Thursday, May 16, 2019

How Will They Know?


They will know we are Christians by our...
Historically authentic expressions of worship
Culturally relevant liturgies
Rubrical precision
Willingness to discard the rules to make worship truly meaningful
Faithful adherence to Nicene orthodoxy
Openness to the Holy Spirit's guidance
Uncompromising commitment to the authority of scripture
Reliance on tradition, reason, and experience
Holiness of life
Ability to identify with the outcasts and sinners of society
Baptismal ecclesiology
Open table
Dependence on the ancient four-fold ministry of bishops, priests, deacons, and laity
Rejection of the eroding bastions of patriarchal clericalism
Celebrated heritage
Postcolonial, postracial, postgender identity
Belief in the sanctity of all life
Conviction that a woman should have control over her own body
Devotion to established understandings of sexuality, marriage, and gender
Refusal to accept outdated definitions of love, relationship, and personhood

Jesus did not say any of that. Instead, as we hear again this Sunday, Jesus said, "I give you a new commandment, that you love one another. Just as I have loved you, you also should love one another. By this everyone will know that you are my disciples, if you have love for one another." Everyone will know that we are disciples of Jesus if we have love for one another.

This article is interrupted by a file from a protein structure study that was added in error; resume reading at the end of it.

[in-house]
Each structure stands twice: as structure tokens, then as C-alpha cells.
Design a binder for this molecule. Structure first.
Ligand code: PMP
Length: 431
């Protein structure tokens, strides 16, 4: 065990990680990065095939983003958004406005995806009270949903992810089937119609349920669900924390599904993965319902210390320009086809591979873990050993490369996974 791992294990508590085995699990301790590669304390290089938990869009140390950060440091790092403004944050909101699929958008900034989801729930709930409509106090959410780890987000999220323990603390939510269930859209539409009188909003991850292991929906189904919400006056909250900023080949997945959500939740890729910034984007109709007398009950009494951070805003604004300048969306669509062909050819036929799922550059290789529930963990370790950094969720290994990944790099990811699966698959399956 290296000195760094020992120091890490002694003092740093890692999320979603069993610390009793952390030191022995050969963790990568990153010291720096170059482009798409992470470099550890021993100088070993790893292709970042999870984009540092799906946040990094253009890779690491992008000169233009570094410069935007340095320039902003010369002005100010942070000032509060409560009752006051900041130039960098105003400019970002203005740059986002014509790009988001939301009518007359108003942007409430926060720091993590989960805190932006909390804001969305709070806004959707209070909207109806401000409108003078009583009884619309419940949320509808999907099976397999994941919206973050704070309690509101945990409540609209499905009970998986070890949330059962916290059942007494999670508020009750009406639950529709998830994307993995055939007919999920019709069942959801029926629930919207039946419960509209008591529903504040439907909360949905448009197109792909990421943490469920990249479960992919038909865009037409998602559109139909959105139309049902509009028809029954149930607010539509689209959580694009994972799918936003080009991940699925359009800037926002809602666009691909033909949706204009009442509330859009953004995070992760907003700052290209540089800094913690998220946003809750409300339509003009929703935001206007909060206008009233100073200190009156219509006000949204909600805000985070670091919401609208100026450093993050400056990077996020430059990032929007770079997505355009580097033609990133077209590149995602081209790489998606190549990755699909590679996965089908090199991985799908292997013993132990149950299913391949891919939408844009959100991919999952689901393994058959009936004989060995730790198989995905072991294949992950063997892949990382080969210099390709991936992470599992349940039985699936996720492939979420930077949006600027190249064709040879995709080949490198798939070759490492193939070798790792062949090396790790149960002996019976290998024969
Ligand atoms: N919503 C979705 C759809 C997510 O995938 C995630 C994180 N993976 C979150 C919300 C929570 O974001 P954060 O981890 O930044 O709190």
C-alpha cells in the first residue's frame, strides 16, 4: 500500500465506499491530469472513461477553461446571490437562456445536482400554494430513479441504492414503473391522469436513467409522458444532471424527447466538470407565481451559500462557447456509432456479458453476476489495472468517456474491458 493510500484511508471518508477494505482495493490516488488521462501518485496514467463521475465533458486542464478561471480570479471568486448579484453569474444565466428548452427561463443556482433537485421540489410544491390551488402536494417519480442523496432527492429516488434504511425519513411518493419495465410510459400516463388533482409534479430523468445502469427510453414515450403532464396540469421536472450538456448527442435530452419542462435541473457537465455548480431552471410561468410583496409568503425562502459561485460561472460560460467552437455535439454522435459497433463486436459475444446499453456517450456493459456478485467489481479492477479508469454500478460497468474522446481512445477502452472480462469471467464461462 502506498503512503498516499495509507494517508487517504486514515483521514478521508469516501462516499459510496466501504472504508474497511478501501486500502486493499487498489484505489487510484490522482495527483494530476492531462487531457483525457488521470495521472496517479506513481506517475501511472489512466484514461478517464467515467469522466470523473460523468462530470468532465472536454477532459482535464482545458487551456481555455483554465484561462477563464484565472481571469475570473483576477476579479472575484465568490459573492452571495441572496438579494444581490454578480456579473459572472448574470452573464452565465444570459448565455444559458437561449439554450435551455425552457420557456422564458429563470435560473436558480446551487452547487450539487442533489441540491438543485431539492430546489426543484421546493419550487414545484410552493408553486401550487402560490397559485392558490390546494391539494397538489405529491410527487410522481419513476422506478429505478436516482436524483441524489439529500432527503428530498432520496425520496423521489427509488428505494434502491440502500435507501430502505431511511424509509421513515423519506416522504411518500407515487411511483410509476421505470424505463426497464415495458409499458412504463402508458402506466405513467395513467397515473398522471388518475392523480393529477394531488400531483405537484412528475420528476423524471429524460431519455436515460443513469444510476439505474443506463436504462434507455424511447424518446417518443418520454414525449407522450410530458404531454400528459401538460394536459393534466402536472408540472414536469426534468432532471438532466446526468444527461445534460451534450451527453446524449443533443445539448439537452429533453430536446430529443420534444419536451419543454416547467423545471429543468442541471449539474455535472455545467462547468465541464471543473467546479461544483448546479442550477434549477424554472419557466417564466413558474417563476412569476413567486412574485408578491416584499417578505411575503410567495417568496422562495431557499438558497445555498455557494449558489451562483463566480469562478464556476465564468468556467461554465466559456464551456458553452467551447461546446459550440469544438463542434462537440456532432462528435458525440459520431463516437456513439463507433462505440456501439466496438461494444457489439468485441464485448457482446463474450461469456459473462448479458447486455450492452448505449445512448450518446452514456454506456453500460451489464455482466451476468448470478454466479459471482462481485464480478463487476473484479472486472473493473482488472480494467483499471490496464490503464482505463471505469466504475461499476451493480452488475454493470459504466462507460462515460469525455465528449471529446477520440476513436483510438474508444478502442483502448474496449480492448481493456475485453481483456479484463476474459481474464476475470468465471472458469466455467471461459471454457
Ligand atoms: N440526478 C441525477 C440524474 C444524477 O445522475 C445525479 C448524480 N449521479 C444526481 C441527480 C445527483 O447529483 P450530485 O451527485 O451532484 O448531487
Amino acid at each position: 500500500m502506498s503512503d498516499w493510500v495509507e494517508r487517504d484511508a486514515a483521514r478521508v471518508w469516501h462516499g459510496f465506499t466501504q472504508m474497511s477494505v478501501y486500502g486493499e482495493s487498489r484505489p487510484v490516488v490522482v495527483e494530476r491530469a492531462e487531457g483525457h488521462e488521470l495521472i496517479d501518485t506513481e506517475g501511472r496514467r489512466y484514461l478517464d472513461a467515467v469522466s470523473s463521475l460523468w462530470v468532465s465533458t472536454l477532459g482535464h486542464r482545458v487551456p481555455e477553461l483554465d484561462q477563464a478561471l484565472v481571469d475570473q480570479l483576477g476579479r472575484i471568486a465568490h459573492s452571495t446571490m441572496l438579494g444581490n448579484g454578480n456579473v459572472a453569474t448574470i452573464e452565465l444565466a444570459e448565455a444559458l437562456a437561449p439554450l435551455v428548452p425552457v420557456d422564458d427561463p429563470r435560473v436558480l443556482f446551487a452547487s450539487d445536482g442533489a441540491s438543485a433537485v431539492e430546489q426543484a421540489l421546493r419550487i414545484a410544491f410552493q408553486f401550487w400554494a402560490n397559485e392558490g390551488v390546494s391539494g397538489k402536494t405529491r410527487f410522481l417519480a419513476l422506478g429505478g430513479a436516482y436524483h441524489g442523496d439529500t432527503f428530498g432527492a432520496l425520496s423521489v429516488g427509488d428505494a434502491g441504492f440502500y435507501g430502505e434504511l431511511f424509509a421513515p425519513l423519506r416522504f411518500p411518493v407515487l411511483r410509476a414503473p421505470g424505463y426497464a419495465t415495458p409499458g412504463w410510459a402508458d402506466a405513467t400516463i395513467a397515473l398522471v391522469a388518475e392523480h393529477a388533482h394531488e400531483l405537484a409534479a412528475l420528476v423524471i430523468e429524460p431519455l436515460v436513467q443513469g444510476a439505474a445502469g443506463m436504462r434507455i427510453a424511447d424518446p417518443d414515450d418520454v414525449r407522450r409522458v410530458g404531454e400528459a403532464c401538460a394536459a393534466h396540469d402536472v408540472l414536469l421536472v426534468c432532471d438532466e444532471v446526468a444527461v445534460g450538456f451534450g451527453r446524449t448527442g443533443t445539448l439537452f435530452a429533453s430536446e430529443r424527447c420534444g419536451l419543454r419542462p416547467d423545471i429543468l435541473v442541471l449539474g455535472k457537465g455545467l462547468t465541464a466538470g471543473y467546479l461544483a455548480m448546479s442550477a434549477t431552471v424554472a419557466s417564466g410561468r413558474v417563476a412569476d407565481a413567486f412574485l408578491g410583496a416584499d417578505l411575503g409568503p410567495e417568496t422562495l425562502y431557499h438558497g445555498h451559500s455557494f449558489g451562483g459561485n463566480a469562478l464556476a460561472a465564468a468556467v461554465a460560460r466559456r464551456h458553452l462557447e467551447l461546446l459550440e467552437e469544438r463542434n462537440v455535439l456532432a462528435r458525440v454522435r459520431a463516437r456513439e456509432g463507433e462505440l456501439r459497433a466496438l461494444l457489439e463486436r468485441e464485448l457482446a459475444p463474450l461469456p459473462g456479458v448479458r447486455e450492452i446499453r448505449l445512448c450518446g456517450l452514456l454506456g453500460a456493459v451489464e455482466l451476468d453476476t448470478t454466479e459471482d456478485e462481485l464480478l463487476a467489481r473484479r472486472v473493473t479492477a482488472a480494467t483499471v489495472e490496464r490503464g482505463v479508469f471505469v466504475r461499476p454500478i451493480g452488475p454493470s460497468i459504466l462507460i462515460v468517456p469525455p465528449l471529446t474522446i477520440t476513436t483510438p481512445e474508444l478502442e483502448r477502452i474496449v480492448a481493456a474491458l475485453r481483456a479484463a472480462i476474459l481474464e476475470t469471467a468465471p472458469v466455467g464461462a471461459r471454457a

Everyone in the church wants to be right. And we want to be right for good and right reasons. We want our doctrine, discipline, and worship to help the world know the saving love of God in Jesus Christ. On every issue, whichever side we are on, we are on that side because we believe that it will help the work of the gospel. Even though we reach diametrically opposed conclusions about what God's will for the world and the church are, we all want to be faithful to Jesus. When we reject women's ordination or embrace it, when we refuse the sanctity of marriage to a same-sex couple or encourage it, when we restrict Communion to the baptized or fling the sacramental gates wide open, we do so because we are trying our best to be faithful followers of Jesus.

I think Jesus knew what he was saying. I think he knew what sort of polarized, fractured community the church would become, so he reminded us what really matters: "Everyone will know that you are my disciples if you have love for one another." Love first, doctrine second. Love first, discipline second. Love first, all other ethical, liturgical, exegetical, soterilogical, theological considerations second.

How much effort do we give to love? How important to us is it that the world see how much we love one another? Instead of trying to prove our fidelity to Jesus by showing the world how right we are, let's show them what it means to be a disciple of Jesus by loving one another as we have been loved. We will not agree with one another, but we will show the world the gospel of Jesus Christ when we love each other anyway.

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